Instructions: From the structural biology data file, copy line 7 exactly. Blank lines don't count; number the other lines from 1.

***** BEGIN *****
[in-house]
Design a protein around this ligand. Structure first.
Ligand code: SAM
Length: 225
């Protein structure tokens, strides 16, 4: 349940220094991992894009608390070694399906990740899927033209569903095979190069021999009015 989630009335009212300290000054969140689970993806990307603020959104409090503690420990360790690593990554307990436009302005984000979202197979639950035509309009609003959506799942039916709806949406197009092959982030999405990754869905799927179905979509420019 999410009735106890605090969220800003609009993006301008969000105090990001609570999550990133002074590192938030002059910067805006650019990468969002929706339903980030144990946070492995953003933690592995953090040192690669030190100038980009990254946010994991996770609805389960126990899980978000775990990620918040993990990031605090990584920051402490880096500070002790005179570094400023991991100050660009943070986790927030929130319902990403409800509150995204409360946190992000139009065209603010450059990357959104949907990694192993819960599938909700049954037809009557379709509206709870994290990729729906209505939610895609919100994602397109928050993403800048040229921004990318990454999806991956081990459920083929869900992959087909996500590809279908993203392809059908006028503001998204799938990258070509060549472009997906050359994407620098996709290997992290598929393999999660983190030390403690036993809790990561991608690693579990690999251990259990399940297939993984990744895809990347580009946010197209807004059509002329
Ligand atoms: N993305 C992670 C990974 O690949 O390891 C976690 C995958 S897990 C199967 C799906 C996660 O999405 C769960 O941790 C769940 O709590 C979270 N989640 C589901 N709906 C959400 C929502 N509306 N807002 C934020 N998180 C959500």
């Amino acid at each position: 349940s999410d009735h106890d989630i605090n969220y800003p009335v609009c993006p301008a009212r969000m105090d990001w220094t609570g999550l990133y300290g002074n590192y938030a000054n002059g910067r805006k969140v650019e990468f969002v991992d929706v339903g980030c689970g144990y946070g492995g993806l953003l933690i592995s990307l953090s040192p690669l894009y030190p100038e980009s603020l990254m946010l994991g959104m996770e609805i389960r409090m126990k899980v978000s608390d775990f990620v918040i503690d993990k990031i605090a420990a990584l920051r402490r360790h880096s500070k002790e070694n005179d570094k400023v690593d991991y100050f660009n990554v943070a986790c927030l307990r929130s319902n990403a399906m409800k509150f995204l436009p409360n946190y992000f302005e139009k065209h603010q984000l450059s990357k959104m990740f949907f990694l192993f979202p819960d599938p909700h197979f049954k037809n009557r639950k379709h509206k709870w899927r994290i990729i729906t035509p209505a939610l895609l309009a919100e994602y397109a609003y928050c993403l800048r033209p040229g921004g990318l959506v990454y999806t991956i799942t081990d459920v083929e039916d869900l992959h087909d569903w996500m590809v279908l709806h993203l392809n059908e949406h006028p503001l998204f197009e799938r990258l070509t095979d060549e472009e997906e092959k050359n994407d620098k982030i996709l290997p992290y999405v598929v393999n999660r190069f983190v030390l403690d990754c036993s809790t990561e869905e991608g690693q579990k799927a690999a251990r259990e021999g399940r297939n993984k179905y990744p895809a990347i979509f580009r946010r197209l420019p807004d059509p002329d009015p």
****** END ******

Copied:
């Amino acid at each position: 349940s999410d009735h106890d989630i605090n969220y800003p009335v609009c993006p301008a009212r969000m105090d990001w220094t609570g999550l990133y300290g002074n590192y938030a000054n002059g910067r805006k969140v650019e990468f969002v991992d929706v339903g980030c689970g144990y946070g492995g993806l953003l933690i592995s990307l953090s040192p690669l894009y030190p100038e980009s603020l990254m946010l994991g959104m996770e609805i389960r409090m126990k899980v978000s608390d775990f990620v918040i503690d993990k990031i605090a420990a990584l920051r402490r360790h880096s500070k002790e070694n005179d570094k400023v690593d991991y100050f660009n990554v943070a986790c927030l307990r929130s319902n990403a399906m409800k509150f995204l436009p409360n946190y992000f302005e139009k065209h603010q984000l450059s990357k959104m990740f949907f990694l192993f979202p819960d599938p909700h197979f049954k037809n009557r639950k379709h509206k709870w899927r994290i990729i729906t035509p209505a939610l895609l309009a919100e994602y397109a609003y928050c993403l800048r033209p040229g921004g990318l959506v990454y999806t991956i799942t081990d459920v083929e039916d869900l992959h087909d569903w996500m590809v279908l709806h993203l392809n059908e949406h006028p503001l998204f197009e799938r990258l070509t095979d060549e472009e997906e092959k050359n994407d620098k982030i996709l290997p992290y999405v598929v393999n999660r190069f983190v030390l403690d990754c036993s809790t990561e869905e991608g690693q579990k799927a690999a251990r259990e021999g399940r297939n993984k179905y990744p895809a990347i979509f580009r946010r197209l420019p807004d059509p002329d009015p």